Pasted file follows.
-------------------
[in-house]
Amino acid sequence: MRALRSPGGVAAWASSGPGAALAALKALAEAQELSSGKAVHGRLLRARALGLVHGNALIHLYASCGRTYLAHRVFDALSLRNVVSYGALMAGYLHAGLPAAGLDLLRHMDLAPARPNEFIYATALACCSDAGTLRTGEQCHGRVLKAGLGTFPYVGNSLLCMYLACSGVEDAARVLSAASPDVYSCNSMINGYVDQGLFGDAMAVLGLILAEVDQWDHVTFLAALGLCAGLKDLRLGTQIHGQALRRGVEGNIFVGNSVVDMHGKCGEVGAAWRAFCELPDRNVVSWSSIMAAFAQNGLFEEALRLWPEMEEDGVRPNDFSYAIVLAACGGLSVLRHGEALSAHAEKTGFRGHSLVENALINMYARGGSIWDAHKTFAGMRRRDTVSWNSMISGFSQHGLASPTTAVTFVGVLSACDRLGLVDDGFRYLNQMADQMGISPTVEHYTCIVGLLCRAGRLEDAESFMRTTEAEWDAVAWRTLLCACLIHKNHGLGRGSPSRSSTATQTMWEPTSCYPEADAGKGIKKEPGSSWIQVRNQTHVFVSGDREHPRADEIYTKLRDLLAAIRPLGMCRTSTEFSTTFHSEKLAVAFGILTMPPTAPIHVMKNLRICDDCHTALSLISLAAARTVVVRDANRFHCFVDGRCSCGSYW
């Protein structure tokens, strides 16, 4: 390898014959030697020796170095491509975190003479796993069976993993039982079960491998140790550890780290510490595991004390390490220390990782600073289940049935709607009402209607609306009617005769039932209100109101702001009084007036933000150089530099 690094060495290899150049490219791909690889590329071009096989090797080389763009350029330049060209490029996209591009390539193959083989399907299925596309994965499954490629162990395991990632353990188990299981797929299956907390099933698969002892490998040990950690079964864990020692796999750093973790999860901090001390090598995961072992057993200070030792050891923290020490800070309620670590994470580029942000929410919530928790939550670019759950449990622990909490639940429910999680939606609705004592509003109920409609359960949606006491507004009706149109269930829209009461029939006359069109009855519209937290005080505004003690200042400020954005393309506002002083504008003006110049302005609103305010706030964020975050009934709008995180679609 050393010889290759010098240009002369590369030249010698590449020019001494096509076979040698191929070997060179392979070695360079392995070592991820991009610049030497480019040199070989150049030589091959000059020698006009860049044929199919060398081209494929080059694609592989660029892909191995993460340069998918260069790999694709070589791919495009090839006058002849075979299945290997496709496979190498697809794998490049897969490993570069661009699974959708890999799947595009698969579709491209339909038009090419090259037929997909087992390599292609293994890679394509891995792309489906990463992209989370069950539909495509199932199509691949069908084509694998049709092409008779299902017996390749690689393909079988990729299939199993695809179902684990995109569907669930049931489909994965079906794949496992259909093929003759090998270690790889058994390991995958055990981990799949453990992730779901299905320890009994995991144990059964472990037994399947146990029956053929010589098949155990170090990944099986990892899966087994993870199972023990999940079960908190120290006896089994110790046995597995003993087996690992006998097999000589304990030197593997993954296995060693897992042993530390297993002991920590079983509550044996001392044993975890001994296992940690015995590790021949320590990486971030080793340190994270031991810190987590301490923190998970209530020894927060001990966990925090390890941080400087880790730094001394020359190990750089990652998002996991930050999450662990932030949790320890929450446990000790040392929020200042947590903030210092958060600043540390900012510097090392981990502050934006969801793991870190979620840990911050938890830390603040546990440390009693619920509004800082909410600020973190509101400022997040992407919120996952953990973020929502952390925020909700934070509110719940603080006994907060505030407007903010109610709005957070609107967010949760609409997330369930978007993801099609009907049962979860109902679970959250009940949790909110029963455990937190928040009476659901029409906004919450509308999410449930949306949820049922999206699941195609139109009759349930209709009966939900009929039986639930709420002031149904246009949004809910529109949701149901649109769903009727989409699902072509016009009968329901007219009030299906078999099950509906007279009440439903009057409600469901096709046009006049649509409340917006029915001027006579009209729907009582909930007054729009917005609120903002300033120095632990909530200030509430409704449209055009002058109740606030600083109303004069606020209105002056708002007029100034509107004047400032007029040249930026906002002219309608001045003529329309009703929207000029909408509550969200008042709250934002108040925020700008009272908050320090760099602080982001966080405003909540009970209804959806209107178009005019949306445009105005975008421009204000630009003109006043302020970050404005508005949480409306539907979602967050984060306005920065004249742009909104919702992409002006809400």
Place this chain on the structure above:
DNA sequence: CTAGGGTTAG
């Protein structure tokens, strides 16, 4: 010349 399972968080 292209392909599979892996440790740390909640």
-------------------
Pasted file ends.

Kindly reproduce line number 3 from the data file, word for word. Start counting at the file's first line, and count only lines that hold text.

């Protein structure tokens, strides 16, 4: 390898014959030697020796170095491509975190003479796993069976993993039982079960491998140790550890780290510490595991004390390490220390990782600073289940049935709607009402209607609306009617005769039932209100109101702001009084007036933000150089530099 690094060495290899150049490219791909690889590329071009096989090797080389763009350029330049060209490029996209591009390539193959083989399907299925596309994965499954490629162990395991990632353990188990299981797929299956907390099933698969002892490998040990950690079964864990020692796999750093973790999860901090001390090598995961072992057993200070030792050891923290020490800070309620670590994470580029942000929410919530928790939550670019759950449990622990909490639940429910999680939606609705004592509003109920409609359960949606006491507004009706149109269930829209009461029939006359069109009855519209937290005080505004003690200042400020954005393309506002002083504008003006110049302005609103305010706030964020975050009934709008995180679609 050393010889290759010098240009002369590369030249010698590449020019001494096509076979040698191929070997060179392979070695360079392995070592991820991009610049030497480019040199070989150049030589091959000059020698006009860049044929199919060398081209494929080059694609592989660029892909191995993460340069998918260069790999694709070589791919495009090839006058002849075979299945290997496709496979190498697809794998490049897969490993570069661009699974959708890999799947595009698969579709491209339909038009090419090259037929997909087992390599292609293994890679394509891995792309489906990463992209989370069950539909495509199932199509691949069908084509694998049709092409008779299902017996390749690689393909079988990729299939199993695809179902684990995109569907669930049931489909994965079906794949496992259909093929003759090998270690790889058994390991995958055990981990799949453990992730779901299905320890009994995991144990059964472990037994399947146990029956053929010589098949155990170090990944099986990892899966087994993870199972023990999940079960908190120290006896089994110790046995597995003993087996690992006998097999000589304990030197593997993954296995060693897992042993530390297993002991920590079983509550044996001392044993975890001994296992940690015995590790021949320590990486971030080793340190994270031991810190987590301490923190998970209530020894927060001990966990925090390890941080400087880790730094001394020359190990750089990652998002996991930050999450662990932030949790320890929450446990000790040392929020200042947590903030210092958060600043540390900012510097090392981990502050934006969801793991870190979620840990911050938890830390603040546990440390009693619920509004800082909410600020973190509101400022997040992407919120996952953990973020929502952390925020909700934070509110719940603080006994907060505030407007903010109610709005957070609107967010949760609409997330369930978007993801099609009907049962979860109902679970959250009940949790909110029963455990937190928040009476659901029409906004919450509308999410449930949306949820049922999206699941195609139109009759349930209709009966939900009929039986639930709420002031149904246009949004809910529109949701149901649109769903009727989409699902072509016009009968329901007219009030299906078999099950509906007279009440439903009057409600469901096709046009006049649509409340917006029915001027006579009209729907009582909930007054729009917005609120903002300033120095632990909530200030509430409704449209055009002058109740606030600083109303004069606020209105002056708002007029100034509107004047400032007029040249930026906002002219309608001045003529329309009703929207000029909408509550969200008042709250934002108040925020700008009272908050320090760099602080982001966080405003909540009970209804959806209107178009005019949306445009105005975008421009204000630009003109006043302020970050404005508005949480409306539907979602967050984060306005920065004249742009909104919702992409002006809400």